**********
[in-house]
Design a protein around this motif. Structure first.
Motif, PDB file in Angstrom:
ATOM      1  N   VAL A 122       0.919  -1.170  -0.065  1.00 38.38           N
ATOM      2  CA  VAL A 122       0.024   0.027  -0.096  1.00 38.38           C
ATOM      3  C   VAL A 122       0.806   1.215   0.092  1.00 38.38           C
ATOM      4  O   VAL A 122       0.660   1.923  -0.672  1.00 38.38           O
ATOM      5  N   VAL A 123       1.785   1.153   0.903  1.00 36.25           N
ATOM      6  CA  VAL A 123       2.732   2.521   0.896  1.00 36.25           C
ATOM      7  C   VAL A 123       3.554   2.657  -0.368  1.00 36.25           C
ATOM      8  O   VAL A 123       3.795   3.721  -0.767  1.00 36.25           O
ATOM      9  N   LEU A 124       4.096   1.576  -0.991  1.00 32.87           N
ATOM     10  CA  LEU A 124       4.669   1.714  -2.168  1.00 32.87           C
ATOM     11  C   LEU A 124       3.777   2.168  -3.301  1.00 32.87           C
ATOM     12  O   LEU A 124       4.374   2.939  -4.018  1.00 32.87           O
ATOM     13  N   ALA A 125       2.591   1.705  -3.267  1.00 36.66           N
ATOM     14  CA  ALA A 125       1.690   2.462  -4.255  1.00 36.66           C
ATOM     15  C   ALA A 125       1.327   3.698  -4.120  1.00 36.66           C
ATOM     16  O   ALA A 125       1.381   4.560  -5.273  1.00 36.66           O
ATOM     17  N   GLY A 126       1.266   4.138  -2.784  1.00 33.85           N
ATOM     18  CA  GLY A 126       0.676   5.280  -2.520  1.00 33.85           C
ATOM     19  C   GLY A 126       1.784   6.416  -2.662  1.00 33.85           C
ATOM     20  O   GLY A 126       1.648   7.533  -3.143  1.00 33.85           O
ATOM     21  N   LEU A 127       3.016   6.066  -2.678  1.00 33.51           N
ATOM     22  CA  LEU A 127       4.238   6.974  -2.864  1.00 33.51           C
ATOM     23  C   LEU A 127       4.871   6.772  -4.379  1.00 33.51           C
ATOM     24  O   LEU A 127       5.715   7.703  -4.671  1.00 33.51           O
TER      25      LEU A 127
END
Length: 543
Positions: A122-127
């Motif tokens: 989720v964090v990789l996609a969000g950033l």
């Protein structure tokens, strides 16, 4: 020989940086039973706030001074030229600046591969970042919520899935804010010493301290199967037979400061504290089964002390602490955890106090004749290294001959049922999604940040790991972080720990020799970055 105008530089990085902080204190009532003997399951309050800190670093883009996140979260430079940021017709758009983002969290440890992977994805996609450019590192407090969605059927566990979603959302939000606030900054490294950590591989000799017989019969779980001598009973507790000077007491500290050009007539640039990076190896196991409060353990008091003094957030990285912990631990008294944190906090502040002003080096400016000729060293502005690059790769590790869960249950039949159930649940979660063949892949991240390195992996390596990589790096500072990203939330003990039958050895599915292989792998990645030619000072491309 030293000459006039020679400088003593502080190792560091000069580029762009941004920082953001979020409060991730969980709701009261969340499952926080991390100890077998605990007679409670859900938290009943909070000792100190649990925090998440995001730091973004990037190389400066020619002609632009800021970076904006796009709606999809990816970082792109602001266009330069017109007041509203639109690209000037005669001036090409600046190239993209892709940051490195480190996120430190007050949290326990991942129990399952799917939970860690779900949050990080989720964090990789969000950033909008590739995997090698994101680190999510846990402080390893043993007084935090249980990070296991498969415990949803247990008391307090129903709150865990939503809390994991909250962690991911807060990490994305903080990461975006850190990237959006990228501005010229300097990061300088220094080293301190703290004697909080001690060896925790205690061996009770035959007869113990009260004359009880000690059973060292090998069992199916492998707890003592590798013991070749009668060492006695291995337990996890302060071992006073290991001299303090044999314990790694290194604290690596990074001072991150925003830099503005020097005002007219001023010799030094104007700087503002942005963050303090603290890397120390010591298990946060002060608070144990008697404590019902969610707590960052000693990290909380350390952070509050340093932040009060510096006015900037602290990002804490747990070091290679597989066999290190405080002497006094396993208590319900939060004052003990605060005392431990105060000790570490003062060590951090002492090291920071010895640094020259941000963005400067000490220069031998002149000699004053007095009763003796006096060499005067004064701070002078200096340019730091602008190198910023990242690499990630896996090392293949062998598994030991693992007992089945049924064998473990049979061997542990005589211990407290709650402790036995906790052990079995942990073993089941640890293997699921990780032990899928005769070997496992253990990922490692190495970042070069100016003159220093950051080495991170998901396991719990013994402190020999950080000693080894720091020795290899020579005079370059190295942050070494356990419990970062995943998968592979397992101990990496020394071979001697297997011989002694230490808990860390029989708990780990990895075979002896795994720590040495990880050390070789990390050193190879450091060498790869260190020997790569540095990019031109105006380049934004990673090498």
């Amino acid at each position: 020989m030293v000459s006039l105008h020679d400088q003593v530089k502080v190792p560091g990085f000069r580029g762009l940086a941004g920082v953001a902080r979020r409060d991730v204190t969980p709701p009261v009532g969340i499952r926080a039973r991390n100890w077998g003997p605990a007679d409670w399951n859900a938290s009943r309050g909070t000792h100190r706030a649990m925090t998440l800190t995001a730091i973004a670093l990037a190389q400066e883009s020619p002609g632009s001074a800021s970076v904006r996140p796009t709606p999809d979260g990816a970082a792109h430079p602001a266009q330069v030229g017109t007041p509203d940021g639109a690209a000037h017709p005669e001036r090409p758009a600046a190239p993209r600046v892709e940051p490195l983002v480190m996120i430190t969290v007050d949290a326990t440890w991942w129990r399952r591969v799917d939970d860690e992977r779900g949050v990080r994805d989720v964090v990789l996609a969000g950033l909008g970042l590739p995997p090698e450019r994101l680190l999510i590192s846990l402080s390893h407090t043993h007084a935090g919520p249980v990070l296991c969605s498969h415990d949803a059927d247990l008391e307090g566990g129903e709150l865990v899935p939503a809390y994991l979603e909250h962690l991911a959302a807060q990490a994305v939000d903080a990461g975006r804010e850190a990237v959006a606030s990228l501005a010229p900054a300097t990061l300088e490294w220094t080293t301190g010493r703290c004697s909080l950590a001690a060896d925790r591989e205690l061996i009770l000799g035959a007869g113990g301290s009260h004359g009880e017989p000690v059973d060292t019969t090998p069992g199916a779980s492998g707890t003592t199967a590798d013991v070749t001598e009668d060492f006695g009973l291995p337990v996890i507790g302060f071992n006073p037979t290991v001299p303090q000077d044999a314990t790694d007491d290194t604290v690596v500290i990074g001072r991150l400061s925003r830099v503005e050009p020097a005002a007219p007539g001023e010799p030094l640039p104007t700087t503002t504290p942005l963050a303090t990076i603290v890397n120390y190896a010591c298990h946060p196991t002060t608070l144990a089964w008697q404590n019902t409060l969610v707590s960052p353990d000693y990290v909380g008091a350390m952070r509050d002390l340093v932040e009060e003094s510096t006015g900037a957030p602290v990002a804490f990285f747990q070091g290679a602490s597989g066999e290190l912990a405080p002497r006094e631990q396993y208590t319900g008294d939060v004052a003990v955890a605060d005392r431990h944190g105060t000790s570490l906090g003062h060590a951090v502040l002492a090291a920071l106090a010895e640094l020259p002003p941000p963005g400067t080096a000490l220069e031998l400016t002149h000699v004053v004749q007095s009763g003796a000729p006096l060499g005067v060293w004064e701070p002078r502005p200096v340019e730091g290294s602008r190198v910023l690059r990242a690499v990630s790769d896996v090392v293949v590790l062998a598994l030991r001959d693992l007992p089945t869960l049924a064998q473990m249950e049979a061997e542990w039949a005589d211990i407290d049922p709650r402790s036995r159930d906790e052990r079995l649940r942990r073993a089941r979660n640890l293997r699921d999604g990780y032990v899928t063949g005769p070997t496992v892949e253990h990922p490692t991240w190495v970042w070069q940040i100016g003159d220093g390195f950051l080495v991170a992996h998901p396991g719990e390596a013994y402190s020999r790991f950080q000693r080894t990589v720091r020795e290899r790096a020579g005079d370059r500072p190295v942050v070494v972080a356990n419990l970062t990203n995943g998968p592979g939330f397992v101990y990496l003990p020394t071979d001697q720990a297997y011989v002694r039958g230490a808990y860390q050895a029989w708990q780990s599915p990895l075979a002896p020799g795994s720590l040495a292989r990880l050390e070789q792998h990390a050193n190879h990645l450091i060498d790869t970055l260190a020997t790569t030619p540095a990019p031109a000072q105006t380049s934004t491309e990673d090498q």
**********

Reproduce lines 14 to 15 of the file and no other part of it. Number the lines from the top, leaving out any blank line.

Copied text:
ATOM     11  C   LEU A 124       3.777   2.168  -3.301  1.00 32.87           C
ATOM     12  O   LEU A 124       4.374   2.939  -4.018  1.00 32.87           O